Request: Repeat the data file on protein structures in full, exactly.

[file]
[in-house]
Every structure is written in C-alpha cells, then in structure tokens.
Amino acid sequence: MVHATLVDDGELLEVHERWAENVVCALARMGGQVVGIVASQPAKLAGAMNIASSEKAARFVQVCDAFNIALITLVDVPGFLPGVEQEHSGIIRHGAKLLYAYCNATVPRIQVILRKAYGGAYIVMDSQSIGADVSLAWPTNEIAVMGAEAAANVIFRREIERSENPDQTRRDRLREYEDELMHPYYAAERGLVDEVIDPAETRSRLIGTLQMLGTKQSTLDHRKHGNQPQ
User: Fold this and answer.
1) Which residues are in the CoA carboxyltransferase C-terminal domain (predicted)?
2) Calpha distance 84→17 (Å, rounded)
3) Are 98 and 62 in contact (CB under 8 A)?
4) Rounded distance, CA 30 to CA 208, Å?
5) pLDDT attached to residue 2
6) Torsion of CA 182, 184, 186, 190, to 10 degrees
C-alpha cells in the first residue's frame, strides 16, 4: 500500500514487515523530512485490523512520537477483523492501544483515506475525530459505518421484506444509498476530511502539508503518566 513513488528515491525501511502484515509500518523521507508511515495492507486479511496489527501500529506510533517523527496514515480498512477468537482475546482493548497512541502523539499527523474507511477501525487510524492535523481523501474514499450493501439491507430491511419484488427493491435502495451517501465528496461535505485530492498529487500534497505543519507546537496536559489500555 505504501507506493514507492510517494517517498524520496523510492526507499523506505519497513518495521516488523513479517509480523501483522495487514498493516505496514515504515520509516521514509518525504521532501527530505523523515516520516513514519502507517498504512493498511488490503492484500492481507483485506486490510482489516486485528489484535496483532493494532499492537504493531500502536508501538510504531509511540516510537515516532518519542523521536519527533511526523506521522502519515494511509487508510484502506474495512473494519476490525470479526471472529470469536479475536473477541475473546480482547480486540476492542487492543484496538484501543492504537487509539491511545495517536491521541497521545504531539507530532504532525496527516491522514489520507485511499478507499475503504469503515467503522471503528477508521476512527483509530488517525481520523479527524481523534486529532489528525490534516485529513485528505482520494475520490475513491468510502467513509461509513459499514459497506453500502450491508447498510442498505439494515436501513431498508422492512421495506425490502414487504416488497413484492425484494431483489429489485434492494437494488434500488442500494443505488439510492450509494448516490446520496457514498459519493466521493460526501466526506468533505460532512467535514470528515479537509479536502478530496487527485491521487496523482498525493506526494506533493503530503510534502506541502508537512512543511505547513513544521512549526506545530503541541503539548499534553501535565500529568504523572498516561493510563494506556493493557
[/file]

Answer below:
[in-house]
Every structure is written in C-alpha cells, then in structure tokens.
Amino acid sequence: MVHATLVDDGELLEVHERWAENVVCALARMGGQVVGIVASQPAKLAGAMNIASSEKAARFVQVCDAFNIALITLVDVPGFLPGVEQEHSGIIRHGAKLLYAYCNATVPRIQVILRKAYGGAYIVMDSQSIGADVSLAWPTNEIAVMGAEAAANVIFRREIERSENPDQTRRDRLREYEDELMHPYYAAERGLVDEVIDPAETRSRLIGTLQMLGTKQSTLDHRKHGNQPQ
User: Fold this and answer.
1) Which residues are in the CoA carboxyltransferase C-terminal domain (predicted)?
2) Calpha distance 84→17 (Å, rounded)
3) Are 98 and 62 in contact (CB under 8 A)?
4) Rounded distance, CA 30 to CA 208, Å?
5) pLDDT attached to residue 2
6) Torsion of CA 182, 184, 186, 190, to 10 degrees
C-alpha cells in the first residue's frame, strides 16, 4: 500500500514487515523530512485490523512520537477483523492501544483515506475525530459505518421484506444509498476530511502539508503518566 513513488528515491525501511502484515509500518523521507508511515495492507486479511496489527501500529506510533517523527496514515480498512477468537482475546482493548497512541502523539499527523474507511477501525487510524492535523481523501474514499450493501439491507430491511419484488427493491435502495451517501465528496461535505485530492498529487500534497505543519507546537496536559489500555 505504501507506493514507492510517494517517498524520496523510492526507499523506505519497513518495521516488523513479517509480523501483522495487514498493516505496514515504515520509516521514509518525504521532501527530505523523515516520516513514519502507517498504512493498511488490503492484500492481507483485506486490510482489516486485528489484535496483532493494532499492537504493531500502536508501538510504531509511540516510537515516532518519542523521536519527533511526523506521522502519515494511509487508510484502506474495512473494519476490525470479526471472529470469536479475536473477541475473546480482547480486540476492542487492543484496538484501543492504537487509539491511545495517536491521541497521545504531539507530532504532525496527516491522514489520507485511499478507499475503504469503515467503522471503528477508521476512527483509530488517525481520523479527524481523534486529532489528525490534516485529513485528505482520494475520490475513491468510502467513509461509513459499514459497506453500502450491508447498510442498505439494515436501513431498508422492512421495506425490502414487504416488497413484492425484494431483489429489485434492494437494488434500488442500494443505488439510492450509494448516490446520496457514498459519493466521493460526501466526506468533505460532512467535514470528515479537509479536502478530496487527485491521487496523482498525493506526494506533493503530503510534502506541502508537512512543511505547513513544521512549526506545530503541541503539548499534553501535565500529568504523572498516561493510563494506556493493557